I am almost finished insulating my attic, a project that I started before we even moved into this house seven years ago. We had snow yesterday, and because I still have four more feet of attic to insulate, I can show you what good the insulation does:

Insulated well vs insulated poorly

Insulated well vs insulated poorly


See how the snow has melted on the last four feet of the roof over there on the right (not counting the part of the roof that extends beyond the house)? That’s where there is no insulation. Heat from the house escapes through the roof right there and melts the snow. If you look closely, you might be able to see icicles on that end too. That’s where the snow melts, runs off the roof, and then refreezes. If that builds up too much, it will create an ice dam, and water will pool up behind it. Then the water will find its way through the shingles and into the house.

So I guess I’d better finish this little job.

When I posted yesterday, I had meant to include a scenic photo that I captured during my walk with Penny to Sandogardy Pond. Here it is:

Gline's Road

Gline's Road


Sorry about the water spots on my lens. I was remembering the scene, not the photo.
This little path is a class VI road, meaning it is not maintained. It is never plowed, and it is never graded. Rather, it just is what it is. I know that sometimes vehicles do drive on it, because they leave their tracks. But more frequently, it is used by snowmobiles, 😦 ATV’s, 😦 pedestrians, 🙂 and dogs. 😀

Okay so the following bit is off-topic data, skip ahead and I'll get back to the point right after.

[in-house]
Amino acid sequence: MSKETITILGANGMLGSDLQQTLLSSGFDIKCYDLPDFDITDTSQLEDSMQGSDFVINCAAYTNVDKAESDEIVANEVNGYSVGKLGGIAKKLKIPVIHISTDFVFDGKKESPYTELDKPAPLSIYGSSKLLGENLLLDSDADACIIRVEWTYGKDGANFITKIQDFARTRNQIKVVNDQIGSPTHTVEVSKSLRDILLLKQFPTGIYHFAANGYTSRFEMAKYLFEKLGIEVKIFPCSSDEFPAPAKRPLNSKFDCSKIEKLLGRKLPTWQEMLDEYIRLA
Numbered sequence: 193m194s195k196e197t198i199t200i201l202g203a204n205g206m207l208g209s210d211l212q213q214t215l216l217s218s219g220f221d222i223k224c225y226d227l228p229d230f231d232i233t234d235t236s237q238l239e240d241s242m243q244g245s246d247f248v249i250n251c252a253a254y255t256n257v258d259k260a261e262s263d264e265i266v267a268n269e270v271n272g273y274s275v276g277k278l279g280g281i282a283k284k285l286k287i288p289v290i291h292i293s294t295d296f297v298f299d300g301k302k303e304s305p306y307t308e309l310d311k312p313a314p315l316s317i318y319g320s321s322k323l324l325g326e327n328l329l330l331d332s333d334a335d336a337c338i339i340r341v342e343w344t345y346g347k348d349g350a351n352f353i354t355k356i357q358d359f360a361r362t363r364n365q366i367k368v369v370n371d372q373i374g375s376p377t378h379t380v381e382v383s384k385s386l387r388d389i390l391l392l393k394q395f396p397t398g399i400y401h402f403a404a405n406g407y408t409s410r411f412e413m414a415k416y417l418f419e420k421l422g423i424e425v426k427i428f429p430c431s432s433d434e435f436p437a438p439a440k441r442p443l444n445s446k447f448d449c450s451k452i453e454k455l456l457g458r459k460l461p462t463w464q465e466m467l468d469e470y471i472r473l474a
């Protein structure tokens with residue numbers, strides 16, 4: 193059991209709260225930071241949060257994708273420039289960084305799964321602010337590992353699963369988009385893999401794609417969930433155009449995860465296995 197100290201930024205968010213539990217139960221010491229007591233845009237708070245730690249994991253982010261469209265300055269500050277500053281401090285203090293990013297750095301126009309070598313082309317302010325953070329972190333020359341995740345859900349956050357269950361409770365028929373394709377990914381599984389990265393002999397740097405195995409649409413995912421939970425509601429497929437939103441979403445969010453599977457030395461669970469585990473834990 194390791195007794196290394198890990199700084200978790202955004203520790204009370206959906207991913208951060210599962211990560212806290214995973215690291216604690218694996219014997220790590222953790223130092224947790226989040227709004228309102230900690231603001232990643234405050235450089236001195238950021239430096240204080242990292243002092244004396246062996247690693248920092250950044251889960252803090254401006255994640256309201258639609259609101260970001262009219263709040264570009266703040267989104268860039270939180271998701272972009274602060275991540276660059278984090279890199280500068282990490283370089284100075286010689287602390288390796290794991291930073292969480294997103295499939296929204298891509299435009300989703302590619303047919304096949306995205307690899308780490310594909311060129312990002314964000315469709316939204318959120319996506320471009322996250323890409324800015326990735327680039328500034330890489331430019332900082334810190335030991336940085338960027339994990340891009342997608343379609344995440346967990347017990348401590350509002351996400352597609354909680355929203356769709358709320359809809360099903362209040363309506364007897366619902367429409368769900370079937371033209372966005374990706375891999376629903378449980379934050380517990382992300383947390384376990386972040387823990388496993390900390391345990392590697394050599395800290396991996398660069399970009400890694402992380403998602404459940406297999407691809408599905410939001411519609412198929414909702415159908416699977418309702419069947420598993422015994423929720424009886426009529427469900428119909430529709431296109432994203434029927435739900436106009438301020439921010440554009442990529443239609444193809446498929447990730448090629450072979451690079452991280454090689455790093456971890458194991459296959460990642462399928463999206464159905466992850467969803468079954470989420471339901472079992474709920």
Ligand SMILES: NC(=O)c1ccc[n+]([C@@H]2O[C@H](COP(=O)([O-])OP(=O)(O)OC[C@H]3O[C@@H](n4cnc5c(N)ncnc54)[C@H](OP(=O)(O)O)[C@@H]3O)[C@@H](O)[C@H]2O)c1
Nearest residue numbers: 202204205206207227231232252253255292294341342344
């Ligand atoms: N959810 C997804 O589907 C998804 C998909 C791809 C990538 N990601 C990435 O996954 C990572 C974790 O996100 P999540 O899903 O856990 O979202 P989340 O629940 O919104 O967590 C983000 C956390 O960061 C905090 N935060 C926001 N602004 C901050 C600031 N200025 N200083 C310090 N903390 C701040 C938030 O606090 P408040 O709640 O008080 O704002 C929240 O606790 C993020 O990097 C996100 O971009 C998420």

Penny and I were the first to use it after this snow. Someone actually drove on it since then with a truck or 4WD, which boggles my mind, since it doesn’t lead anywhere that the plowed roads don’t lead to more conveniently. Go figure!

Jonathan and I stopped at the pond on the way home from work. He stayed in the car while I walked the couple hundred yards to Little Cohas Cache, GPS in hand. I took some readings, and will translate them into the Abenaki tongue later tonight. I think I might nail the bark covering on tomorrow afternoon. Then if I can stand to wait, I will refrain from publishing it until it snows again. Otherwise, my tracks will lead the cachers straight to ground zero. But I don’t think I will be able to restrain myself.